My neighborhood was bordered to the west by a small mountain that had been named El Toro by the Spaniards who discovered it (under the feet of the Chitactac Indians who were already living on it). To the north of us was a large walnut orchard that also bordered El Toro.
We virtually lived on that mountain – we knew all the big trees, open spaces and trails. One particular trail we knew of was travelled by a herd of deer that used it to get down to the orchard. They would then pass through the orchard to drink from the pond that lay beyond.
We were familiar not only with the trail, but
also with the time of evening the deer would come down it. In our grubby hands
this was dangerous knowledge. I still remember the summer day we sat in Dave
Mead’s garage talking about what our next adventure (the word ‘mayhem’ would
work equally well) would be when one of the guys blurted out “Let’s hunt the
deer in the orchard!”
To us an idea like that one did not require any discussion further than working out the details.
My little brother Brian asked, “What will we hunt them with?”
Someone shouted “Spears!”
Dave’s brother Richard wondered aloud “Where do we get spears?”
My response was “We make them”.
“Out of what?” Patrick Black asked.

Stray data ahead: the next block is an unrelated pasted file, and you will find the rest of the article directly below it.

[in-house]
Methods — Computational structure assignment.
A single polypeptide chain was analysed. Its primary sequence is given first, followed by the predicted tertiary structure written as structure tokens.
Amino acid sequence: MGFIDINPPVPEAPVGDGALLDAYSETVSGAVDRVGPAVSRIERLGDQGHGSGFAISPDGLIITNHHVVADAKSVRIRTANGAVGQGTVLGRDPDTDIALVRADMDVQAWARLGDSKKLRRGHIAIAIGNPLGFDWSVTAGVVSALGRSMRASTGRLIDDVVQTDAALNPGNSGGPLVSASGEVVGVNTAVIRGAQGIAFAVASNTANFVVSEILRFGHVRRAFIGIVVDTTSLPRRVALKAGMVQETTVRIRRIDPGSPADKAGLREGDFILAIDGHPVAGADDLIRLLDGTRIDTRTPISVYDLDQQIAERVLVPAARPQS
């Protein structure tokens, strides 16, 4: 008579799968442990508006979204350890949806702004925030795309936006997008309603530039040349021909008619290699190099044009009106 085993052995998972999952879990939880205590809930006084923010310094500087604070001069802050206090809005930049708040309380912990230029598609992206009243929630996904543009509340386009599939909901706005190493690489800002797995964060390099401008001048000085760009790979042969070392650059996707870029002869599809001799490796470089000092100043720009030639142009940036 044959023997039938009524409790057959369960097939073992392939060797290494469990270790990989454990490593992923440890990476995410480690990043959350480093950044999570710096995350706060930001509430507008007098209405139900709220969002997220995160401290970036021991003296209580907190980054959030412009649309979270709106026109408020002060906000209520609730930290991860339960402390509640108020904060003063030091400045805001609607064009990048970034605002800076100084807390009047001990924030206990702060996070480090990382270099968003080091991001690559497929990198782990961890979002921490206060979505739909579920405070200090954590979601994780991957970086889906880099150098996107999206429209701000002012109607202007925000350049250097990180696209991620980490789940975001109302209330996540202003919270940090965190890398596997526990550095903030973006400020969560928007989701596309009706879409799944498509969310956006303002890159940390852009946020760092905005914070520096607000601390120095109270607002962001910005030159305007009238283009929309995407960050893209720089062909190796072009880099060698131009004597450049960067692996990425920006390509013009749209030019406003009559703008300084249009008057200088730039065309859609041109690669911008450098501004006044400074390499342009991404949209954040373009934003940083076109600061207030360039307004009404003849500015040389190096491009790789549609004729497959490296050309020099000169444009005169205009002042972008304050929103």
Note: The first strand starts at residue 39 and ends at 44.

“Knives tied to broom handles,” I said.
Brian wanted to know “When do we get the deer – on their way down the orchard or back through it?” On their way back from the pond we decided – figuring they’d be less wary on their second trip through the walnut trees.
And so we set off to our respective homes to
steal knives out of drawers and cut handles off of brooms. The plan was to meet
at the edge of the orchard about the time the herd of deer would pass through
on their way to the pond, and then quietly filter in among the trees so as to
be in place when they made their return trip.
To this day I still remember shouting, “Get
‘em!” as the deer made their way back toward El Toro. Out jumped five running,
shouting, spear wielding boys; and as the terrified deer spotted us they all
bolted in unison. I launched my spear, as did the others, hoping it would fly
true and hit its mark – a big deer charging past me.
I didn’t hit my target that day in the
orchard. None of us did. Heck, we were little kids with kitchen knives tied to
broom handles – what damage were we really going to do? I think all we
accomplished was scaring the daylights out of a bunch of deer – well maybe that
and the realization all we truly wanted to do was follow them around.